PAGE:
'Me too' movement floods social media
Local crisis center speaks out on 'Me too' movement
ROANOKE, Va. – “I am a great-grandmother. We fought this issue many years ago, and we're still at it,” said Barbara Keywood, a resident of Roanoke.
It’s a rallying cry that’s being flooded on social media.
“There have been a lot of stories in the media about men in powerful positions who abuse that power,” said Executive Director Teresa Berry, at the Sexual Assault Response and Awareness crisis center.
The “Me too” movement started in response to the Harvey Weinstein scandal when several women accused him of sexual misconduct.
“I think our culture community is getting tired of it,” Berry said.
The crisis center which provides counseling for survivors, has becoming increasingly busy. In the past several months, Berry says calls have gone up by about fifteen percent.
She believes those who are not participating in the movement do not owe anyone their story.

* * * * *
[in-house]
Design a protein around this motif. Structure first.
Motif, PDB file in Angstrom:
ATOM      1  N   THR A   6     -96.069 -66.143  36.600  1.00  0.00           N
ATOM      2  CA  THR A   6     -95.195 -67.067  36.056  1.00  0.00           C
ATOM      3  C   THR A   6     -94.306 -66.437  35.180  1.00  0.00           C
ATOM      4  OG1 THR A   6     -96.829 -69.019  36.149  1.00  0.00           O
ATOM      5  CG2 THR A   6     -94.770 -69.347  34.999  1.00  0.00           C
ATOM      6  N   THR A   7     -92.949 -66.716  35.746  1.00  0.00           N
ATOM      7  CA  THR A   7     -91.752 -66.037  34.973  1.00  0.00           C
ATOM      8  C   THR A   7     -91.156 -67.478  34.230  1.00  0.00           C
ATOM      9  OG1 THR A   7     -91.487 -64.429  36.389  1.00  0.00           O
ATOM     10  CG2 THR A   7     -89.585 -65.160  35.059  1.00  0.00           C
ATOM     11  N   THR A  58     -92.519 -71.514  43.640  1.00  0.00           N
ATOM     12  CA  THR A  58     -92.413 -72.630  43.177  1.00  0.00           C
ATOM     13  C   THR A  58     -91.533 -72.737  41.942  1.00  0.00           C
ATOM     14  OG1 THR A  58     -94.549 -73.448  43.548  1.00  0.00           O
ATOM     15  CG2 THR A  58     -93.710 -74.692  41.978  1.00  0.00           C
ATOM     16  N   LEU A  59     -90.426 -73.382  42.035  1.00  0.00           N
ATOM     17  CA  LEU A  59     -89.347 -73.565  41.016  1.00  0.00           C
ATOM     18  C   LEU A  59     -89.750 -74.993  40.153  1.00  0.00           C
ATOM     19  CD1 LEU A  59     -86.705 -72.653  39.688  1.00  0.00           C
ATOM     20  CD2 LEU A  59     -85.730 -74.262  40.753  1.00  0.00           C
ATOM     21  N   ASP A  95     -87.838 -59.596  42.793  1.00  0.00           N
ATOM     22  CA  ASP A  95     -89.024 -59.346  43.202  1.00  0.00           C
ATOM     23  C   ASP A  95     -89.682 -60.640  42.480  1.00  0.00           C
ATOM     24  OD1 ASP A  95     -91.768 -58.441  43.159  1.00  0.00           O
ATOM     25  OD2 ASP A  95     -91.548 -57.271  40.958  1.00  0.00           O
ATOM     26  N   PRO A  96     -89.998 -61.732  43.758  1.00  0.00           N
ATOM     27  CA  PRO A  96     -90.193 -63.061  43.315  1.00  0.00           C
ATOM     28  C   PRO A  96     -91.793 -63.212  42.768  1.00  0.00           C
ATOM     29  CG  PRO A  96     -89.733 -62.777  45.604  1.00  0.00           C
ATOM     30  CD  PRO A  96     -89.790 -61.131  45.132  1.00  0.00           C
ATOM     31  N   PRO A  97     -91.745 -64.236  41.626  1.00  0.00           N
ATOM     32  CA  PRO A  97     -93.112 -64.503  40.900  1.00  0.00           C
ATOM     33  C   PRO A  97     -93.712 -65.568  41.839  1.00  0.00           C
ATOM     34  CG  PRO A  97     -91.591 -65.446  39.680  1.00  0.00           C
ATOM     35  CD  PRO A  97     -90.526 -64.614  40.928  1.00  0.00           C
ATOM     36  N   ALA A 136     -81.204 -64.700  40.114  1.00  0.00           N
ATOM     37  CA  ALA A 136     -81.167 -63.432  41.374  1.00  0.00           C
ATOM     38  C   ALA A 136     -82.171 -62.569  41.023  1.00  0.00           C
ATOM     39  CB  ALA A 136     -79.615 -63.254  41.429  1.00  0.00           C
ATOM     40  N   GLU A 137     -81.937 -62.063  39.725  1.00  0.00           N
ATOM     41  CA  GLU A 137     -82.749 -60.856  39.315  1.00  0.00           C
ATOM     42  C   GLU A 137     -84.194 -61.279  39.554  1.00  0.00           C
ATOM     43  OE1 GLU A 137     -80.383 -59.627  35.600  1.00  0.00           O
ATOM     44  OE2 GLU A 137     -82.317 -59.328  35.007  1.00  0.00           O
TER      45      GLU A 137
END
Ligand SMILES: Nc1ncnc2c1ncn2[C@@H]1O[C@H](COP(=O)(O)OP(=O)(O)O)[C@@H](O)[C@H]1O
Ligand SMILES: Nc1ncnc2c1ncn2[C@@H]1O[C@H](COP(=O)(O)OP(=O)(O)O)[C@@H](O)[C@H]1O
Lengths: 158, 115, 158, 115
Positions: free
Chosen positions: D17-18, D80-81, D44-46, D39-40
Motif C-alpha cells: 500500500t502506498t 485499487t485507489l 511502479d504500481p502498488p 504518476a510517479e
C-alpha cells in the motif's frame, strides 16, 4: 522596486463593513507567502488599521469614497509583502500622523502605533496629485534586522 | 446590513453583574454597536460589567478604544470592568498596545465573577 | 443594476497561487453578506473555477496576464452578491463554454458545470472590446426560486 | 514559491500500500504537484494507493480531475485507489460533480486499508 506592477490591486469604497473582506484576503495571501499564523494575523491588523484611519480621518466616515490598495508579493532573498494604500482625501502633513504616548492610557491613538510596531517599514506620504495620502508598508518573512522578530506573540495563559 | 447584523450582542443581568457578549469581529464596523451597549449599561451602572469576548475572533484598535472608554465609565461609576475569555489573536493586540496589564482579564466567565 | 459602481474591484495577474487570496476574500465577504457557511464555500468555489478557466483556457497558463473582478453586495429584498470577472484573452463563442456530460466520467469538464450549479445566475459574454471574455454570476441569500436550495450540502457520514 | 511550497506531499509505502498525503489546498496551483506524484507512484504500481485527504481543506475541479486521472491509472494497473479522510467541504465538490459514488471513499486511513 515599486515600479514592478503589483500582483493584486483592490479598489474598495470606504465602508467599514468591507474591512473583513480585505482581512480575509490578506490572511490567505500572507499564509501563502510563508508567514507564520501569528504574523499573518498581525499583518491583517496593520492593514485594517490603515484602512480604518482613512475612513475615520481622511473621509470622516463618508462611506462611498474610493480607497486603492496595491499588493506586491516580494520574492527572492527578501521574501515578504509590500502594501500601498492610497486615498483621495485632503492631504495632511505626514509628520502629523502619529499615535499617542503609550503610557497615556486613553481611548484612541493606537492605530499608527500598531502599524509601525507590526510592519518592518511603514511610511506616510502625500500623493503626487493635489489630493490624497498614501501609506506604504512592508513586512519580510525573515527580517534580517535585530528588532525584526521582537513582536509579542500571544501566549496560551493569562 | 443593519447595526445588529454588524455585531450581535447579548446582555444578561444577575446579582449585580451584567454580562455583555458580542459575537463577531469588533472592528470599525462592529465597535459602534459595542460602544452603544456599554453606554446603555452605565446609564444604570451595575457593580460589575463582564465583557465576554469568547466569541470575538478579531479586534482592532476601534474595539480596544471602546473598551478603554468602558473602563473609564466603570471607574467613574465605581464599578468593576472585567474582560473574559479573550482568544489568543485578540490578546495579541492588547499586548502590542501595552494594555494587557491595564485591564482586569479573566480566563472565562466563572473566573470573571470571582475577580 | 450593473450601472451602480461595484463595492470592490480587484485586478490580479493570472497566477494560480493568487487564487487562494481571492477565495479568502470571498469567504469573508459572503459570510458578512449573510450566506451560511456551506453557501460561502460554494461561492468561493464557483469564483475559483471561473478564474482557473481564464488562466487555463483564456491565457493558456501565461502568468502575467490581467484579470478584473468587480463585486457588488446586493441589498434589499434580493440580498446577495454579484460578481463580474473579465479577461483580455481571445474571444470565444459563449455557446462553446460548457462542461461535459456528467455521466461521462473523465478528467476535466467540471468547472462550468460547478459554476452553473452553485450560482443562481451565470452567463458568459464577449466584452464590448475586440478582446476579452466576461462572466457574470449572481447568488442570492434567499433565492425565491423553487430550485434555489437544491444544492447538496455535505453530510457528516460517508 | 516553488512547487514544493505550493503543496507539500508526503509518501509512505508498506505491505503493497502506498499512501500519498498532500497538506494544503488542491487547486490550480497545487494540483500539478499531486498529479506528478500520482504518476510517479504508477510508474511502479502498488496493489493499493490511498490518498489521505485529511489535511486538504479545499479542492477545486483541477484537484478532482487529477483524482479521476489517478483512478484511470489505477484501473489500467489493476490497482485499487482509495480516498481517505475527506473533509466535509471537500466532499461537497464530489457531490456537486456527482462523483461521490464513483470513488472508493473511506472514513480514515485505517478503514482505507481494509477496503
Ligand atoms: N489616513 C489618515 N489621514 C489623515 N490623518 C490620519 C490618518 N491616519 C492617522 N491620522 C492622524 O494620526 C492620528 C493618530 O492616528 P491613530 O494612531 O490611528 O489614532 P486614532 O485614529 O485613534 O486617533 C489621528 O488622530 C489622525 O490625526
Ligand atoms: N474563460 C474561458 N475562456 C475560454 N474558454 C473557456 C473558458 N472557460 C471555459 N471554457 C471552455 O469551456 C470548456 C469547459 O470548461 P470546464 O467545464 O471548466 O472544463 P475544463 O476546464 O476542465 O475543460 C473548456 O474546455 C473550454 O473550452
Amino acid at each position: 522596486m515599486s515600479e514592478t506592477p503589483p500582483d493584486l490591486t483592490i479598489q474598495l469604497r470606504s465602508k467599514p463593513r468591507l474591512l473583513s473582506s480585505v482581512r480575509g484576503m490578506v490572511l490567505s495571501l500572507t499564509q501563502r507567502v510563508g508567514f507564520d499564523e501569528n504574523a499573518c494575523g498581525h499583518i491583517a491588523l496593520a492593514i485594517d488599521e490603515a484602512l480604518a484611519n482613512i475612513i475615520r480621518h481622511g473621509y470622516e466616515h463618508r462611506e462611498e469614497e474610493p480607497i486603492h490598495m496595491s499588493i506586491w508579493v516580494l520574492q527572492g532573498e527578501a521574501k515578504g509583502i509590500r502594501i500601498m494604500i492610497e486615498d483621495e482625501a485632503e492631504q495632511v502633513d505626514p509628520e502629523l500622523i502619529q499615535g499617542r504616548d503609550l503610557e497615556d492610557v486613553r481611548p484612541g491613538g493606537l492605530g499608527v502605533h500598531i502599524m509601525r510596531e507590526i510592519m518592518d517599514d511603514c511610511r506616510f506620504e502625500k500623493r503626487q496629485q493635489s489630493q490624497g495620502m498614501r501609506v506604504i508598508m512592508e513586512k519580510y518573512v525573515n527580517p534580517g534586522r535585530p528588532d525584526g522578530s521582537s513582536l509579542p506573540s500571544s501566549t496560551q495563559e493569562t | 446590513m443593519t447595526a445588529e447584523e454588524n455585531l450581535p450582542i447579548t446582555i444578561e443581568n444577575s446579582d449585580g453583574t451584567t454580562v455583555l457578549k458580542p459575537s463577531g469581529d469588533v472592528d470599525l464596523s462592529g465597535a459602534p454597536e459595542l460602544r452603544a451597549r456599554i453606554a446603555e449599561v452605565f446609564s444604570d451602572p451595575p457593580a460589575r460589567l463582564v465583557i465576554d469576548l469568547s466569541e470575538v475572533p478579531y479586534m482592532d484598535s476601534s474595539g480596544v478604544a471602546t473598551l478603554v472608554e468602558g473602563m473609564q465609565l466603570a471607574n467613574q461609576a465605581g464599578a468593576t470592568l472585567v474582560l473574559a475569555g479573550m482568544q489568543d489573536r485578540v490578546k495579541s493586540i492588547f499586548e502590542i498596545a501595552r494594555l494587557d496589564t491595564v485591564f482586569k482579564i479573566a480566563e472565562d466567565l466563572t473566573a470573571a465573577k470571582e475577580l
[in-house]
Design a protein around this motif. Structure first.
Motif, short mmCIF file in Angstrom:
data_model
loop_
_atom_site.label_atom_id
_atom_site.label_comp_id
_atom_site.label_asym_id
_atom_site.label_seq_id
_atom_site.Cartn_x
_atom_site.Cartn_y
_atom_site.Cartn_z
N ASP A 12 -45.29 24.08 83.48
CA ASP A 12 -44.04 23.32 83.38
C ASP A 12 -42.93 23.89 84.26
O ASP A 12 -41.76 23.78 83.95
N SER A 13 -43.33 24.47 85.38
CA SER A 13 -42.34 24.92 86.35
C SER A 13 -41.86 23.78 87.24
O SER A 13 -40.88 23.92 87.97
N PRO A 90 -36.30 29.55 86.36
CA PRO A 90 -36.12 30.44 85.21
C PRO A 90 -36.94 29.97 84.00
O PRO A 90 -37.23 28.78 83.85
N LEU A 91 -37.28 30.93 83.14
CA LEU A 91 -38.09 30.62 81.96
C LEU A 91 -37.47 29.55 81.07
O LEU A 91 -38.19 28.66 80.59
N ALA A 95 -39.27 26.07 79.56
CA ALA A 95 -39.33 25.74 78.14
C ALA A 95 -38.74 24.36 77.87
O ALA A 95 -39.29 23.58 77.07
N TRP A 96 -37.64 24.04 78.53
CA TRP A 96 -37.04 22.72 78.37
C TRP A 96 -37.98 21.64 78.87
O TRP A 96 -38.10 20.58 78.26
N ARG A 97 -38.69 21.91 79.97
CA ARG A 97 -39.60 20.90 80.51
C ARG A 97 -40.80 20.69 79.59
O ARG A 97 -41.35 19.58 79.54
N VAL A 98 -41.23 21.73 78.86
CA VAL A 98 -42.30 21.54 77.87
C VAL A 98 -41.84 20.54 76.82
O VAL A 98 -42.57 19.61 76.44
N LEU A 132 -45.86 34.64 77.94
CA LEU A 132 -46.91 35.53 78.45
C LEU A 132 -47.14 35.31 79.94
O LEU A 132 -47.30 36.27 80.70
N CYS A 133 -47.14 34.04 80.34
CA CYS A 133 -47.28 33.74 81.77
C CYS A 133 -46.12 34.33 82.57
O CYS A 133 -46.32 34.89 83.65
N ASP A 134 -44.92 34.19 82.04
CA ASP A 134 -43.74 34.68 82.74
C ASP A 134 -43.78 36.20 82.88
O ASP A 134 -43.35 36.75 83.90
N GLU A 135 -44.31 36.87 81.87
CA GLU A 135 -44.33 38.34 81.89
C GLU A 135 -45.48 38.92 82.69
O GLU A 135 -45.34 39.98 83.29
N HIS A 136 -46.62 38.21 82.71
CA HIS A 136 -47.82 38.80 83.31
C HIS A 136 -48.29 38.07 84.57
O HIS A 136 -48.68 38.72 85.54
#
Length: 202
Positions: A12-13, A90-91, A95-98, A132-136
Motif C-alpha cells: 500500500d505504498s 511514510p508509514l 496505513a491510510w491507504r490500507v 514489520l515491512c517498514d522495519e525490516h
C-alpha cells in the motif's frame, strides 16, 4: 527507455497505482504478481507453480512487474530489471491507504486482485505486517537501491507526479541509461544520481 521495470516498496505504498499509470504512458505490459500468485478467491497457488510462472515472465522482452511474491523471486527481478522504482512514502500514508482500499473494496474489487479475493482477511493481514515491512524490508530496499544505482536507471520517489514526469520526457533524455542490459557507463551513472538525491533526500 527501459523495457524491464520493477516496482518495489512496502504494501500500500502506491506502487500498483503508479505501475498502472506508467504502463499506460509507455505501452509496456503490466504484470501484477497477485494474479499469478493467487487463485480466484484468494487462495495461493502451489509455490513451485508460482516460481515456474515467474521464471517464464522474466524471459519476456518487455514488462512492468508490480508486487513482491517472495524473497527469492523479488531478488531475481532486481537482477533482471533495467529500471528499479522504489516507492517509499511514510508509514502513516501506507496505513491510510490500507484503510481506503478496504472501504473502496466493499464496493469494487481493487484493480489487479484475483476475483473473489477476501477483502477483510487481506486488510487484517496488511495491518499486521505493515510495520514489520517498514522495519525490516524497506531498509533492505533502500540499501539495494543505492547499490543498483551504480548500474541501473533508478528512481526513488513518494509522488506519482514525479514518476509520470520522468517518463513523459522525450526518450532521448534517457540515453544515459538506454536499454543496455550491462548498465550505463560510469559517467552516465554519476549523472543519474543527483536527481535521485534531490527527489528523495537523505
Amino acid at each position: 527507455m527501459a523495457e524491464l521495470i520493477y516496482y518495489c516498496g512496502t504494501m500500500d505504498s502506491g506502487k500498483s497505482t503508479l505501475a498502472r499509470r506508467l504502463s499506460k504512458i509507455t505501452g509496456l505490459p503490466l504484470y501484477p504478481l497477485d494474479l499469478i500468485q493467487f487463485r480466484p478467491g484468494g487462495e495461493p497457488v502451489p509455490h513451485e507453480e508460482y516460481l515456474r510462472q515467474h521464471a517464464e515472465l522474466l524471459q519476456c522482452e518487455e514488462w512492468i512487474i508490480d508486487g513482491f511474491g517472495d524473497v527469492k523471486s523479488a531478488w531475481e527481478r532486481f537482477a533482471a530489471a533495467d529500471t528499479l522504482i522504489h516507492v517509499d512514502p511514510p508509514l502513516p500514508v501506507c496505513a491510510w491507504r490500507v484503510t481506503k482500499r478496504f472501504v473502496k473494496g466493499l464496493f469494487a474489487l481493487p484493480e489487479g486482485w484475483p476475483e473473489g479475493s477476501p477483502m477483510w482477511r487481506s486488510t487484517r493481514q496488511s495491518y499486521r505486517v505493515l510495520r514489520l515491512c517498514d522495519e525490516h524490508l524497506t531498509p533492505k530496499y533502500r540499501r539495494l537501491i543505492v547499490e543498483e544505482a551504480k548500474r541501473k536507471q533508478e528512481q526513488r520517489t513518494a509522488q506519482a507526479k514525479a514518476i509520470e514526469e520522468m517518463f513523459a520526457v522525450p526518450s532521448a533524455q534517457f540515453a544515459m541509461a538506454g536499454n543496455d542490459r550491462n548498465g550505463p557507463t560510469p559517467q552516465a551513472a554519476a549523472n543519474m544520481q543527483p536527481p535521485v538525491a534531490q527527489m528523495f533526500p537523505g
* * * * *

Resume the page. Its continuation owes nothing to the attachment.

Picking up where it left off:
“I support those who participate in the movement, but it’s just as important to confront the issue and bring awareness to the issue,” Berry said.
In most cases, she says the victim and the offender know each other.
“When people think of sexual assault or rape, they think of a stranger hiding in the bushes. But most of the time, the victim and the offender know each other. They have a pre-existing relationship in one form or another,” Berry said.
Whether or not victims are participating in the “Me too” movement, Berry wants all survivors to know that they are not alone.
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